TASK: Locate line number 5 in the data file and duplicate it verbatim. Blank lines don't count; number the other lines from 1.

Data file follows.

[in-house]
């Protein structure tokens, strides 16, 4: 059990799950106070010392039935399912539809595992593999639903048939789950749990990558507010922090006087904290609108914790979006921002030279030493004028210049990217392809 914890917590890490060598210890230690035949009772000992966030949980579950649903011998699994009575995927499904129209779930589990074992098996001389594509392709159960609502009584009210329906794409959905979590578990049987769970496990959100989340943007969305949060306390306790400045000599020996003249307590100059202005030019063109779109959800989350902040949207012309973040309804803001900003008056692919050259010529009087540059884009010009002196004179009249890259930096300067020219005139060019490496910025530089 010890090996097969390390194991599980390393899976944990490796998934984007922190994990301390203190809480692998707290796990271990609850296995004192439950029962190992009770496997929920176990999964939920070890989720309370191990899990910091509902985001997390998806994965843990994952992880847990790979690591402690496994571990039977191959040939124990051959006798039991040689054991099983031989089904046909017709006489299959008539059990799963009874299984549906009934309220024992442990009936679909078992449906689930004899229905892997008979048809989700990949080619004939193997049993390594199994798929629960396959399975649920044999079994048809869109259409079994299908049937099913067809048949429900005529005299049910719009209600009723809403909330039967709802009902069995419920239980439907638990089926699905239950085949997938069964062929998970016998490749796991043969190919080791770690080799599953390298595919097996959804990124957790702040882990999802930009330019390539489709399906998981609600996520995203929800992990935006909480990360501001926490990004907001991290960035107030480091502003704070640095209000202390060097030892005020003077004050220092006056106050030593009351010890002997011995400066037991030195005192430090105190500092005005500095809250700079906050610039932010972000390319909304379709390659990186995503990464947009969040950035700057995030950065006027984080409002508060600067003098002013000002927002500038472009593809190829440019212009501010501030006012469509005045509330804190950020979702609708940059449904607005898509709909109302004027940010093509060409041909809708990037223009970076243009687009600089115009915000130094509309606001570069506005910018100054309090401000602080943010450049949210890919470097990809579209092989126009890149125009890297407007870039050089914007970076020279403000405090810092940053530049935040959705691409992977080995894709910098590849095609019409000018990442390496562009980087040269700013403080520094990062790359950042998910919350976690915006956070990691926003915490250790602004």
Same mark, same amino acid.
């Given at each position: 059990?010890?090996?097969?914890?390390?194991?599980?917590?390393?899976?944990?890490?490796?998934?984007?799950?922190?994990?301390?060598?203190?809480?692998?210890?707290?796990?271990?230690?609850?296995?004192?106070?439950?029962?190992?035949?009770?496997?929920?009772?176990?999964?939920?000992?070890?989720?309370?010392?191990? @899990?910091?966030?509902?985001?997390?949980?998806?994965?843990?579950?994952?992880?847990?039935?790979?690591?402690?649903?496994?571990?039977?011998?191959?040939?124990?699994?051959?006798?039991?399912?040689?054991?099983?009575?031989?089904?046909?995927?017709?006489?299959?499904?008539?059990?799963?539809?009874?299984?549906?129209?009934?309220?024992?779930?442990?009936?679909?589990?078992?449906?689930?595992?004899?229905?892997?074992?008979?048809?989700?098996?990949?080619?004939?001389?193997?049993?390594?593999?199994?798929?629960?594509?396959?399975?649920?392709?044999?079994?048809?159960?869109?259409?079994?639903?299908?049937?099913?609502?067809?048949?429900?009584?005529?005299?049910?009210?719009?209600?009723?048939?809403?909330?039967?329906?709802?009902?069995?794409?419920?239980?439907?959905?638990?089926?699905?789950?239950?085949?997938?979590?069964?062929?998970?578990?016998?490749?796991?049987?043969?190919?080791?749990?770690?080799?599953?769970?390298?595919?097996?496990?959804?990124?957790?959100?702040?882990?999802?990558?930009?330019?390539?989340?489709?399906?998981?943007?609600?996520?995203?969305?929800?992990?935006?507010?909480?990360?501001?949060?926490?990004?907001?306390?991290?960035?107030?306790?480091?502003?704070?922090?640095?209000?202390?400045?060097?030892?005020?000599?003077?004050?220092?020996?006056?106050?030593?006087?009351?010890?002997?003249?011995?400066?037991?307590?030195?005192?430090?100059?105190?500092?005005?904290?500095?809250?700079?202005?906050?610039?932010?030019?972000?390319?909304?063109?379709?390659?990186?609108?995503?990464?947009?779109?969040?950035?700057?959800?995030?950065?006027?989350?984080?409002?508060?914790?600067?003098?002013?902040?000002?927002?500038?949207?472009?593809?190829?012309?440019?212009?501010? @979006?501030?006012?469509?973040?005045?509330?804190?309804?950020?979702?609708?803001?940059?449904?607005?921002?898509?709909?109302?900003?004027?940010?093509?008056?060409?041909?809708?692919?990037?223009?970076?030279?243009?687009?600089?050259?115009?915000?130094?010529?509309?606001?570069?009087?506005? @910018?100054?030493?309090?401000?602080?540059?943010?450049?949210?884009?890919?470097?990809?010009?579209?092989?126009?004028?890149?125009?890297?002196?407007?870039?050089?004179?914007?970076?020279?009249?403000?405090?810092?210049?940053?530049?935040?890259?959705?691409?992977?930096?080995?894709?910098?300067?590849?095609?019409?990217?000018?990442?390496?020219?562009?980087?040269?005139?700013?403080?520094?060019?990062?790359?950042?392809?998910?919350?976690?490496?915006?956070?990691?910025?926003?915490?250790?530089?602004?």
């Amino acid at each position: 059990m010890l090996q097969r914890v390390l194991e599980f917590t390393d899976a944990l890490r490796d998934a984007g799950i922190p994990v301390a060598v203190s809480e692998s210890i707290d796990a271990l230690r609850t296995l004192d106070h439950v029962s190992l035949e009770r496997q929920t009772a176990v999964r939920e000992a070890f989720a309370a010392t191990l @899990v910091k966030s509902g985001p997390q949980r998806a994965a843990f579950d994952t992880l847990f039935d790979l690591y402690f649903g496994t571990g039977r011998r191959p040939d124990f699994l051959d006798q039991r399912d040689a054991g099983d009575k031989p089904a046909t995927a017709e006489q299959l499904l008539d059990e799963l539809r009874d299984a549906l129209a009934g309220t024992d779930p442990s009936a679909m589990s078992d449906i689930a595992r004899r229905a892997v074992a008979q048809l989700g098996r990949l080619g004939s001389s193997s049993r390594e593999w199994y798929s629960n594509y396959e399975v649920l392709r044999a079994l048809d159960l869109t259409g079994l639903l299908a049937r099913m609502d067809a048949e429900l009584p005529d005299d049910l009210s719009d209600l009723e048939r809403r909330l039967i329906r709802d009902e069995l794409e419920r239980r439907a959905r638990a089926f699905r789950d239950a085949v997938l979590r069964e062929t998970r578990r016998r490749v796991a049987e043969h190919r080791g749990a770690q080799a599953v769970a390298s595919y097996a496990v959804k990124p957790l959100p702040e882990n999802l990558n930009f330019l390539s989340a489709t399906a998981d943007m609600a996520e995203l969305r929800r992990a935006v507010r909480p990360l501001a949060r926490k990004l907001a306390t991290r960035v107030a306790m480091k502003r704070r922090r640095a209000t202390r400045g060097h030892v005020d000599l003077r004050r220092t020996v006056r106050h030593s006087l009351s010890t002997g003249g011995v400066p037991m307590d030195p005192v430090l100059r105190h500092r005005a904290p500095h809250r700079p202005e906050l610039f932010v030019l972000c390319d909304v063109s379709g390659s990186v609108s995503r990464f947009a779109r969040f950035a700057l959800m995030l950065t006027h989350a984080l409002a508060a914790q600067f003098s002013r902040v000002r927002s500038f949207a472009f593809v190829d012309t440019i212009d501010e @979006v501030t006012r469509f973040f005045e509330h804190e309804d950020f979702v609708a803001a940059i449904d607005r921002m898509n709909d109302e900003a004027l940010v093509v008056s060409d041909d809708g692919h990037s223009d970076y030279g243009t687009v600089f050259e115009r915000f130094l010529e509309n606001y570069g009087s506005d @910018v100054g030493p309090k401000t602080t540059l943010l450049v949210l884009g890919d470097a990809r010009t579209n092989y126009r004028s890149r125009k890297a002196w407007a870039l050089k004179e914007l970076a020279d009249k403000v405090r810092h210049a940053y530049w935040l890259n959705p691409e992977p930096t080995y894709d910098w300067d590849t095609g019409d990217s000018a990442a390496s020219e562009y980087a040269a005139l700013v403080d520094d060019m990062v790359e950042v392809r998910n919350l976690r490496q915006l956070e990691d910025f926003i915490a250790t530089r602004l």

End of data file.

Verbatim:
């Amino acid at each position: 059990m010890l090996q097969r914890v390390l194991e599980f917590t390393d899976a944990l890490r490796d998934a984007g799950i922190p994990v301390a060598v203190s809480e692998s210890i707290d796990a271990l230690r609850t296995l004192d106070h439950v029962s190992l035949e009770r496997q929920t009772a176990v999964r939920e000992a070890f989720a309370a010392t191990l @899990v910091k966030s509902g985001p997390q949980r998806a994965a843990f579950d994952t992880l847990f039935d790979l690591y402690f649903g496994t571990g039977r011998r191959p040939d124990f699994l051959d006798q039991r399912d040689a054991g099983d009575k031989p089904a046909t995927a017709e006489q299959l499904l008539d059990e799963l539809r009874d299984a549906l129209a009934g309220t024992d779930p442990s009936a679909m589990s078992d449906i689930a595992r004899r229905a892997v074992a008979q048809l989700g098996r990949l080619g004939s001389s193997s049993r390594e593999w199994y798929s629960n594509y396959e399975v649920l392709r044999a079994l048809d159960l869109t259409g079994l639903l299908a049937r099913m609502d067809a048949e429900l009584p005529d005299d049910l009210s719009d209600l009723e048939r809403r909330l039967i329906r709802d009902e069995l794409e419920r239980r439907a959905r638990a089926f699905r789950d239950a085949v997938l979590r069964e062929t998970r578990r016998r490749v796991a049987e043969h190919r080791g749990a770690q080799a599953v769970a390298s595919y097996a496990v959804k990124p957790l959100p702040e882990n999802l990558n930009f330019l390539s989340a489709t399906a998981d943007m609600a996520e995203l969305r929800r992990a935006v507010r909480p990360l501001a949060r926490k990004l907001a306390t991290r960035v107030a306790m480091k502003r704070r922090r640095a209000t202390r400045g060097h030892v005020d000599l003077r004050r220092t020996v006056r106050h030593s006087l009351s010890t002997g003249g011995v400066p037991m307590d030195p005192v430090l100059r105190h500092r005005a904290p500095h809250r700079p202005e906050l610039f932010v030019l972000c390319d909304v063109s379709g390659s990186v609108s995503r990464f947009a779109r969040f950035a700057l959800m995030l950065t006027h989350a984080l409002a508060a914790q600067f003098s002013r902040v000002r927002s500038f949207a472009f593809v190829d012309t440019i212009d501010e @979006v501030t006012r469509f973040f005045e509330h804190e309804d950020f979702v609708a803001a940059i449904d607005r921002m898509n709909d109302e900003a004027l940010v093509v008056s060409d041909d809708g692919h990037s223009d970076y030279g243009t687009v600089f050259e115009r915000f130094l010529e509309n606001y570069g009087s506005d @910018v100054g030493p309090k401000t602080t540059l943010l450049v949210l884009g890919d470097a990809r010009t579209n092989y126009r004028s890149r125009k890297a002196w407007a870039l050089k004179e914007l970076a020279d009249k403000v405090r810092h210049a940053y530049w935040l890259n959705p691409e992977p930096t080995y894709d910098w300067d590849t095609g019409d990217s000018a990442a390496s020219e562009y980087a040269a005139l700013v403080d520094d060019m990062v790359e950042v392809r998910n919350l976690r490496q915006l956070e990691d910025f926003i915490a250790t530089r602004l």